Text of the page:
Palestinian artist paints murals on Israeli barrier

Bethlehem (Palestinian Territories) (AFP) –


For Palestinian artist Taqi Spateen, a stroll along the Israeli-built barrier that runs through parts of Bethlehem amounts to an open-air exhibition of his murals denouncing Israel's occupation.

Spateen's work fills much of the concrete outside secretive artist Banksy's Walled-Off Hotel, a now iconic section of the barrier which Israel constructed to cut off the West Bank from the Jewish state.

His murals include an enormous portrait of George Floyd, the African American killed by former US policeman Derek Chauvin.

"I feel like he's a Palestinian man. He has the same issues we have," Spateen told AFP, after completing his latest work showing a sniper rifle underneath east Jerusalem's Dome of the Rock mosque compound.

Spateen said visually relating Palestinian life under Israeli occupation was an important tool to keep alive global awareness of the decades-old conflict.

The murals "convey the image of Palestine to the world", Spateen said, after spending four hours to complete his latest work under a blazing sun, at the base of a watch tower.

Israel says the barrier, built mostly inside the West Bank, is necessary to prevent attacks, but Palestinians label it an apartheid wall, separating them from Jerusalem.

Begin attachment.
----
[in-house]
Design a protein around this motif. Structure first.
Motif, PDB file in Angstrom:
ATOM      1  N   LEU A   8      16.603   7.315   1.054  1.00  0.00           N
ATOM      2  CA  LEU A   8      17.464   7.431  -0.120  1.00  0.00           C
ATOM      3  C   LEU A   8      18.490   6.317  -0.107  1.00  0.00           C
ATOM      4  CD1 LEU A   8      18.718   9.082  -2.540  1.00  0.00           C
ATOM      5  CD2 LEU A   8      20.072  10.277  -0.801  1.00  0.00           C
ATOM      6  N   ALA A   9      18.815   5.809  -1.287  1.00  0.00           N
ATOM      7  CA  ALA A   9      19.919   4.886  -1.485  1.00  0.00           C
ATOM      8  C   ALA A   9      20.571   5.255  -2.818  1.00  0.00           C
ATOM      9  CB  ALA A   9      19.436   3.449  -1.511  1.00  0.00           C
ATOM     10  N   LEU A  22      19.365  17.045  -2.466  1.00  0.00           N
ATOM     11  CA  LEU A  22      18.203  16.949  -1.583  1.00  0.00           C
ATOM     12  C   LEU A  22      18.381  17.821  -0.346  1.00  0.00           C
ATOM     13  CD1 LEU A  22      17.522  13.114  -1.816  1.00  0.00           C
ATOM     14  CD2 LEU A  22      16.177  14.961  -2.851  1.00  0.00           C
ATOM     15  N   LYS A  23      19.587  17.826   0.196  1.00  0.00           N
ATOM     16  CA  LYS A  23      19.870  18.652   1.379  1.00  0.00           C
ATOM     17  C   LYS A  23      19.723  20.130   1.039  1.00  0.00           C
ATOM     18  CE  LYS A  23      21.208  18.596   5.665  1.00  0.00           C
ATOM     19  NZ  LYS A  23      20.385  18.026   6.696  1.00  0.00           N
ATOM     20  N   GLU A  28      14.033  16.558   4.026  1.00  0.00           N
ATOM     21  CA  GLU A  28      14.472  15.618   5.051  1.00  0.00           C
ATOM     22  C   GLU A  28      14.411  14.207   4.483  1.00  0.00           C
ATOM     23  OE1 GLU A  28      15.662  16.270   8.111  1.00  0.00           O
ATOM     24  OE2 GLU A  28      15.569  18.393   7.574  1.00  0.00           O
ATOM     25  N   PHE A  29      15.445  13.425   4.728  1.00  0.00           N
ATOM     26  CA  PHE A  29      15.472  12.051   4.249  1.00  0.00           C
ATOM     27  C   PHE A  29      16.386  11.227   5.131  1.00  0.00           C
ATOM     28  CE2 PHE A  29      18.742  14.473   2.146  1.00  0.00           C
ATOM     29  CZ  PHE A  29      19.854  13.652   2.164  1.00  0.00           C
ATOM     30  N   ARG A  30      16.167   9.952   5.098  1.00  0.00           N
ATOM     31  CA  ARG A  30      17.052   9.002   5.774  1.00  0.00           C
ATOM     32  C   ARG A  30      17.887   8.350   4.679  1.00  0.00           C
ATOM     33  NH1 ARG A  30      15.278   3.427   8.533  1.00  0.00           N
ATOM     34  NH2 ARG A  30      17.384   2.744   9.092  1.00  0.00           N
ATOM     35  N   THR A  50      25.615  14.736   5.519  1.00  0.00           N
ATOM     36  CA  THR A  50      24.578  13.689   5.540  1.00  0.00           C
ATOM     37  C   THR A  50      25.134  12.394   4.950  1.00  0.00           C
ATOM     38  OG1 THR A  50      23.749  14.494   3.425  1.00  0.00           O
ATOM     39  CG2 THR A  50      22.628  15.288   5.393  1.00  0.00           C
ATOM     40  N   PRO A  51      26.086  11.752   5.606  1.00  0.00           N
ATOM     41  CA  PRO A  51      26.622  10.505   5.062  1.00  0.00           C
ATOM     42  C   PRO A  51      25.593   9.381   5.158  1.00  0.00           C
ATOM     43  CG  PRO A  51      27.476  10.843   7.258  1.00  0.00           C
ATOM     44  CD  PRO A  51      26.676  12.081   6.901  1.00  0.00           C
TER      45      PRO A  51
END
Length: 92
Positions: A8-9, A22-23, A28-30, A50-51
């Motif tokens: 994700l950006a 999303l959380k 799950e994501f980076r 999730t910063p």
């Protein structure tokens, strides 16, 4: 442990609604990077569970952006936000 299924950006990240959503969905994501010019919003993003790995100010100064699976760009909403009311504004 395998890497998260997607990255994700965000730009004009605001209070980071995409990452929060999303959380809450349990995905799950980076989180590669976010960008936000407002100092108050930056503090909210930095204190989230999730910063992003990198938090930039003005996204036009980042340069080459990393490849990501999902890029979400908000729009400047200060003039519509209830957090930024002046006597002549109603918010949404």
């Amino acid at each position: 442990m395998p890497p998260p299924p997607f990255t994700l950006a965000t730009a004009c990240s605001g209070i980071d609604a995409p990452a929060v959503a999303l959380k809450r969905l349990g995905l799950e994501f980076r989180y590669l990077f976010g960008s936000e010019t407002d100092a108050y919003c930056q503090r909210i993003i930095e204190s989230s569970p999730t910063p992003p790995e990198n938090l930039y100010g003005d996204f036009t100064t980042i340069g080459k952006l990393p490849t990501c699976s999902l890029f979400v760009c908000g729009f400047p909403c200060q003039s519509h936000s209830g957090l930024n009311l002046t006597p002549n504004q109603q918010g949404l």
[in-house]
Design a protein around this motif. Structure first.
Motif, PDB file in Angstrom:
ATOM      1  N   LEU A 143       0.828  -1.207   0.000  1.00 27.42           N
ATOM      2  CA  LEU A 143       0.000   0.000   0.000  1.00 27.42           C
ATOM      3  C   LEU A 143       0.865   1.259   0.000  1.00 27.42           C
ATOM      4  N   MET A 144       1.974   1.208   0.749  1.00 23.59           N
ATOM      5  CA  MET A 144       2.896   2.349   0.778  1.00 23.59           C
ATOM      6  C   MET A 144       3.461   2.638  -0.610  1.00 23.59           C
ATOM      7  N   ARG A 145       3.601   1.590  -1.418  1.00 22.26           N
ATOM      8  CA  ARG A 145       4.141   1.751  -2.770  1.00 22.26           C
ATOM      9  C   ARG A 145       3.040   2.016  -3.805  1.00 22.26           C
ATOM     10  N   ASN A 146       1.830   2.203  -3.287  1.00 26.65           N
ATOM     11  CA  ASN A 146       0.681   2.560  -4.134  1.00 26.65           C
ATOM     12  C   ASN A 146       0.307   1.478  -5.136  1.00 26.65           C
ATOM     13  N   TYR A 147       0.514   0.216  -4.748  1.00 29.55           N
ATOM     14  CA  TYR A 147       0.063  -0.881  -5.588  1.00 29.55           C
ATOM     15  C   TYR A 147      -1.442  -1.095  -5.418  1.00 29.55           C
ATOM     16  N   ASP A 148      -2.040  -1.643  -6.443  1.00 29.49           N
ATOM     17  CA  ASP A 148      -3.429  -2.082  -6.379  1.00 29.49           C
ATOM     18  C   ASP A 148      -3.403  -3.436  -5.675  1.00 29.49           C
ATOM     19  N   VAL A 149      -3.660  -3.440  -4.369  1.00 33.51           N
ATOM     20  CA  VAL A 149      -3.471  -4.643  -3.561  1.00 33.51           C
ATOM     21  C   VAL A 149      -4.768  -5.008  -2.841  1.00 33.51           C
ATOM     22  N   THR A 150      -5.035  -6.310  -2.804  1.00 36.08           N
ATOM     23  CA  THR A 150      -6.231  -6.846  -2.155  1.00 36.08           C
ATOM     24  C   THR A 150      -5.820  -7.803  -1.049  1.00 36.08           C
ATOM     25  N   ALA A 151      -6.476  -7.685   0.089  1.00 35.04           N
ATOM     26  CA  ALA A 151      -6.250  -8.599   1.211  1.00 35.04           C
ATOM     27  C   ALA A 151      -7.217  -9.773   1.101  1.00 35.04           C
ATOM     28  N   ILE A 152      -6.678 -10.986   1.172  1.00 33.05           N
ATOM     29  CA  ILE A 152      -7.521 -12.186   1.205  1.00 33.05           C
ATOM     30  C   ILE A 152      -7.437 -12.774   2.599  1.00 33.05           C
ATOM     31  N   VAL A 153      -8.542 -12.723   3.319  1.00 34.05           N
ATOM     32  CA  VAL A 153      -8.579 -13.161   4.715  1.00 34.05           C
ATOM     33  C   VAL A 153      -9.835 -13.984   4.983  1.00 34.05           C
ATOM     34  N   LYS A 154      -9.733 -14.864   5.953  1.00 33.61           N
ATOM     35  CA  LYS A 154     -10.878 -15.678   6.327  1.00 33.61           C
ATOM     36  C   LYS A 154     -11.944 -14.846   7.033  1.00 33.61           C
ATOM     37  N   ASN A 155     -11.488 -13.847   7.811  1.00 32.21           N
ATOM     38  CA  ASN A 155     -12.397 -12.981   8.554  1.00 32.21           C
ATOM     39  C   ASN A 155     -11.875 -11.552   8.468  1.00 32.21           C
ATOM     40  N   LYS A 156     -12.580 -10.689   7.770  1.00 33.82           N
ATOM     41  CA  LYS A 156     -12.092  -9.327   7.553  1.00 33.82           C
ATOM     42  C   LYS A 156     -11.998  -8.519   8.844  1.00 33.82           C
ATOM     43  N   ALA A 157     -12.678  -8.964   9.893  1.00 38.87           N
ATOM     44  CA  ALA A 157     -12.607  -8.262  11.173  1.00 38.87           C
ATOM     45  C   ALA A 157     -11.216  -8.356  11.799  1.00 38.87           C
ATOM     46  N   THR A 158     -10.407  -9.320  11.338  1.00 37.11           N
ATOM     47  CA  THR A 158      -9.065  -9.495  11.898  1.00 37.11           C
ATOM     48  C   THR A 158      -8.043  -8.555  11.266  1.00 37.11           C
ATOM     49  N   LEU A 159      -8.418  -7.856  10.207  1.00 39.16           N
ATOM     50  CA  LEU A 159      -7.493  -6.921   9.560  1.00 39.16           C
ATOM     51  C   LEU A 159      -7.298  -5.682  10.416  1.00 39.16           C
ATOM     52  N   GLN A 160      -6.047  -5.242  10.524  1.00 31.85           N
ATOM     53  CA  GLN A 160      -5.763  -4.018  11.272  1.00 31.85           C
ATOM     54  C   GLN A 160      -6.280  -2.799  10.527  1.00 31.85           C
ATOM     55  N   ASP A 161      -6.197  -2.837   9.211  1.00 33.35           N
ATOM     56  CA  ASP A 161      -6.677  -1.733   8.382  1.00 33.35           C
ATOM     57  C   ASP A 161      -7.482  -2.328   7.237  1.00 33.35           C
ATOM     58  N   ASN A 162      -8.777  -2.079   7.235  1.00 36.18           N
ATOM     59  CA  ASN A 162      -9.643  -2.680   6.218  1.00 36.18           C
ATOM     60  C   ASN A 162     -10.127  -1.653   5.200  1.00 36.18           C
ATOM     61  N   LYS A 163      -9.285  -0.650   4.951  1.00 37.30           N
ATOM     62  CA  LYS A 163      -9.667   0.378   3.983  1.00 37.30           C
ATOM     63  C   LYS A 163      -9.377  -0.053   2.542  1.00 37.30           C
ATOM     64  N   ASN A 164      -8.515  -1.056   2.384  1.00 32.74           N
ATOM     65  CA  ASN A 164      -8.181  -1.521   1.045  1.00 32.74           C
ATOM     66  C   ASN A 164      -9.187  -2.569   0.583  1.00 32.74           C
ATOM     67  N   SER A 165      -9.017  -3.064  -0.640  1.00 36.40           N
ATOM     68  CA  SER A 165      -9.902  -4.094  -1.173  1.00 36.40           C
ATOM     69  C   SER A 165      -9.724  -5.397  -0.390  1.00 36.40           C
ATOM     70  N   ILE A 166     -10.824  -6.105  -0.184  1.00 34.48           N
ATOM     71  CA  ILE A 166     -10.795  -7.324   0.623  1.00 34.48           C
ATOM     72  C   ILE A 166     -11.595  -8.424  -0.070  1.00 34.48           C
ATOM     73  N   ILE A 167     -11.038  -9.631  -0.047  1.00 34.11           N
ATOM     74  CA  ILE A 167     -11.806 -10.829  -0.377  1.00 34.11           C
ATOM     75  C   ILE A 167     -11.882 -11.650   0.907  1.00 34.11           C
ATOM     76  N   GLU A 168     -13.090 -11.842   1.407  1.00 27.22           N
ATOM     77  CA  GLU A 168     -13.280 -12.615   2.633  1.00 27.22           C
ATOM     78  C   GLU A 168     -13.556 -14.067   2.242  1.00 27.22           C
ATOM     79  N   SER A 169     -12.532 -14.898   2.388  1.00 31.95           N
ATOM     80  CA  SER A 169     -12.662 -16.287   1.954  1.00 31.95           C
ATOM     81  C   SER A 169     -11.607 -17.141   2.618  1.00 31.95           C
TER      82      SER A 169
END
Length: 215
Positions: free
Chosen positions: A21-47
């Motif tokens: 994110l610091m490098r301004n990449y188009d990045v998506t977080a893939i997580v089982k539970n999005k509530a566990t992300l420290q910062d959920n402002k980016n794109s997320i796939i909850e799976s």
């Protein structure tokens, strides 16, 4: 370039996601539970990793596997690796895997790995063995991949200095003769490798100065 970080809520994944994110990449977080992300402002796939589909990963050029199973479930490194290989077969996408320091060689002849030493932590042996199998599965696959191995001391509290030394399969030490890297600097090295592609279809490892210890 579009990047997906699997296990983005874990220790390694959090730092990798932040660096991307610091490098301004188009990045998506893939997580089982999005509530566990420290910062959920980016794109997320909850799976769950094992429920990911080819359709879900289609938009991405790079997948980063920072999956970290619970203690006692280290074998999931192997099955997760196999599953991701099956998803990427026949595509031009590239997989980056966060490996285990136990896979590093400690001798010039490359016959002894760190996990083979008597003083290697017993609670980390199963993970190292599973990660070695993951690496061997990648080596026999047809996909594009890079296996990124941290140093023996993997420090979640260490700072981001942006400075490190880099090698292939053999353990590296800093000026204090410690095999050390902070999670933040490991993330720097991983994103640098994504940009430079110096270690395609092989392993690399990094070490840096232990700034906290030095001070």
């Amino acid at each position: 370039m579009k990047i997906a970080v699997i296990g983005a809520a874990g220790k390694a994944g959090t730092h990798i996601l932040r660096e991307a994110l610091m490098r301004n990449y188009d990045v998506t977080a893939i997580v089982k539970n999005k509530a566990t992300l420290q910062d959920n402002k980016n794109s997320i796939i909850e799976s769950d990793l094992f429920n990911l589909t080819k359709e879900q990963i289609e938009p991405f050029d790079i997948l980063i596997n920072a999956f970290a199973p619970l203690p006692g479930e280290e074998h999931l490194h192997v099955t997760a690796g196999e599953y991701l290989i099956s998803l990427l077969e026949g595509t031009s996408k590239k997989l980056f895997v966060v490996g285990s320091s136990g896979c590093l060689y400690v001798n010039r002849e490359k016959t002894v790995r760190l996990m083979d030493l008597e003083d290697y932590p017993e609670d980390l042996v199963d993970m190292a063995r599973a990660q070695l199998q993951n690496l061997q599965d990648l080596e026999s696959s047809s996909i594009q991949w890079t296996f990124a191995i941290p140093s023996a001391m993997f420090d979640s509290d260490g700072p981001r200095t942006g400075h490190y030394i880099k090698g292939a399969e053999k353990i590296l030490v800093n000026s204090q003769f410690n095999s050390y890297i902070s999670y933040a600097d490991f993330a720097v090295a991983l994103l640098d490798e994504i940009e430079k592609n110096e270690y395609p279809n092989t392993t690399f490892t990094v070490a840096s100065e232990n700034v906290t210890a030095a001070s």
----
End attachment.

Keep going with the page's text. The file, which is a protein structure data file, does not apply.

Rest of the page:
Spateen has also portrayed football star Lionel Messi kicking a ball through chains, an image inspired by Argentina's 2018 decision to call off a friendly with Israel, citing the Jewish state's treatment of Palestinians.

Spateen is about to begin a residency in France, where he has plans for a project on "the fogginess" of Palestinian society.

He said the project was inspired in part by images of tear gas fired by Israeli forces to suppress Palestinian protests and unrest as well as dust-filled photos from Gaza following Israeli air strikes.

Israel levelled several multi-story buildings in the Palestinian enclave during an 11-day May conflict, during which Gazan militants fired thousands of rockets at Israel territory.

Spateen stressed the importance of continuing his work on the concrete barrier, despite the "ugliness" of the structure.

"Graffiti is a means of resistance in Palestine," he said.